Technical Report Number
This paper investigates a different foundation for decision theory in which successive model refinement is central. The idea is to modify utility so that it can sometimes be calculated for an outcome without considering all the relevant properties that can be proved of the outcome, and without considering the utilities of its children. We build partially ordered heuristic utility functions. We treat the analysis of personal decision trees like heuristic search of game trees (taking expectations instead of doing minimax). Analysis of decision then becomes a process of constructing and evaluating defeasible arguments for decision. This leads to an iteratively improving computation of decision, or what Dean and Boddy have dubbed an "anytime algorithm" for decision. An axiomatization of this idea is simple in an existing system of defeasible reasoning. As a special case of defeasible reasoning, computing defeat among decision trees is also simple. The axioms for preference that lead to metric utility can be retained if we take the defeasibility to be a result of the epistemic problem of individuating objects of value. We say nothing yet about the specification of actual search strategies for particular forms of heuristic utility functions, though it is clearly a matter for further research.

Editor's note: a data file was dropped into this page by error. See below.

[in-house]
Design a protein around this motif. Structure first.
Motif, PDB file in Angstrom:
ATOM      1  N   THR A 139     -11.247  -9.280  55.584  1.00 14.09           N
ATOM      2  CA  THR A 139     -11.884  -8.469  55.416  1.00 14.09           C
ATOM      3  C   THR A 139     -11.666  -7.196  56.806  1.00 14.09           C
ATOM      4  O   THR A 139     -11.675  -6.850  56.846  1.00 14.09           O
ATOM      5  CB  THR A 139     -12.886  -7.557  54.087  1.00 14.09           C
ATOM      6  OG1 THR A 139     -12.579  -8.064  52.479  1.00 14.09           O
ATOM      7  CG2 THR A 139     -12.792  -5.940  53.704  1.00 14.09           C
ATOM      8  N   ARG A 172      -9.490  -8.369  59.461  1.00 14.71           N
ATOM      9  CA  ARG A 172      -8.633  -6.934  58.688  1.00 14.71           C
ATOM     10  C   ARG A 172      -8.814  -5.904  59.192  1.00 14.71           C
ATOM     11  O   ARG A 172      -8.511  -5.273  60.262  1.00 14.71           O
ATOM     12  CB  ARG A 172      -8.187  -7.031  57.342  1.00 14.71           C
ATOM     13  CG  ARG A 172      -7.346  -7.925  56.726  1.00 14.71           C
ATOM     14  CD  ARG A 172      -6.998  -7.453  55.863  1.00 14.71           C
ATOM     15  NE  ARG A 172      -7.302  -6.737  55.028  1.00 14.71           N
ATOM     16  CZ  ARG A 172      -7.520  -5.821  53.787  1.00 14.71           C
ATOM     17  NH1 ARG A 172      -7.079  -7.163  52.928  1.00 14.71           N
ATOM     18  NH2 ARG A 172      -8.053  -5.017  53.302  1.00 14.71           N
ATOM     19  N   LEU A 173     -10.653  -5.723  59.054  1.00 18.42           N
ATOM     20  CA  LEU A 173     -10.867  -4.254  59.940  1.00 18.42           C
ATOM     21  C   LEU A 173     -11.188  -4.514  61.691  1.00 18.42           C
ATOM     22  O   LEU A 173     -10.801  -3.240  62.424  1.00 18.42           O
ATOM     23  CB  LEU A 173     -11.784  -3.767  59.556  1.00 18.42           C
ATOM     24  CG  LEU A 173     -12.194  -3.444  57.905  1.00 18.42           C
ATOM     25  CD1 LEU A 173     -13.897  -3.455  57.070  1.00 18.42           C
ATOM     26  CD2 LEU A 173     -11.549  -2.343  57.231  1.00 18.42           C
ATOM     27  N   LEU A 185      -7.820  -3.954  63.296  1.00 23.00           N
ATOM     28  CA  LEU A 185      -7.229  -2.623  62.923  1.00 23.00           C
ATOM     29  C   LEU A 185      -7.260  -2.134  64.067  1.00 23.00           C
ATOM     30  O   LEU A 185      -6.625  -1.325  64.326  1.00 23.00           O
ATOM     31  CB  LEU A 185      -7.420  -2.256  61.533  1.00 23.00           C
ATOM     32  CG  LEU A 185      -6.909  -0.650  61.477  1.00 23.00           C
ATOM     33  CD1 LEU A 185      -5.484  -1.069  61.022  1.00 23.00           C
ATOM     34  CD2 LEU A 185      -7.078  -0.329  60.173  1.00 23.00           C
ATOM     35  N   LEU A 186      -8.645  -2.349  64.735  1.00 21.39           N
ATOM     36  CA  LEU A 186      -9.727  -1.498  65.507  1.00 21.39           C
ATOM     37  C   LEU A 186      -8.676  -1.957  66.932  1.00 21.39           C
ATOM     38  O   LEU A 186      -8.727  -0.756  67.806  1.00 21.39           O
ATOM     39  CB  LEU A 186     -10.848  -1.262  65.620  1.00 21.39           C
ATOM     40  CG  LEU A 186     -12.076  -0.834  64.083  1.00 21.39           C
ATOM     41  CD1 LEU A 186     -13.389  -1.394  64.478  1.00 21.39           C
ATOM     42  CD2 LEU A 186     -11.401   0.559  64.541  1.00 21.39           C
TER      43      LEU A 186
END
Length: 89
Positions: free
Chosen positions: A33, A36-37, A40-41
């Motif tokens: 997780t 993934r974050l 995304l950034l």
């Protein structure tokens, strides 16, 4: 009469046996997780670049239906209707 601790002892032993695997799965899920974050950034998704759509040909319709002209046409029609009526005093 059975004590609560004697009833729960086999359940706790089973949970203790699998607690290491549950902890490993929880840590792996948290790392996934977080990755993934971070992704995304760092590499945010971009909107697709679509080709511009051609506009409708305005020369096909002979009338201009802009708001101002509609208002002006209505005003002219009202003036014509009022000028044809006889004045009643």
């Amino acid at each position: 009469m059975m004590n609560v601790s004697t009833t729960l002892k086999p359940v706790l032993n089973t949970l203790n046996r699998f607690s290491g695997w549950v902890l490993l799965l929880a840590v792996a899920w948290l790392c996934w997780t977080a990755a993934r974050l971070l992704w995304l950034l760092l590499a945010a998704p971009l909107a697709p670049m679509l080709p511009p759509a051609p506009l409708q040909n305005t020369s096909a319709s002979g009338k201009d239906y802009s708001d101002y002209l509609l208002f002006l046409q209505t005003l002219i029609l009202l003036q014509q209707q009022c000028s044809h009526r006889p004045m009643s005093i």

Loui, R. P., "Two Heuristic Functions for Decision" Report Number: WUCS-89-09 (1989). All Computer Science and Engineering Research.
Permanent URL: http://dx.doi.org/10.7936/K7RB72X3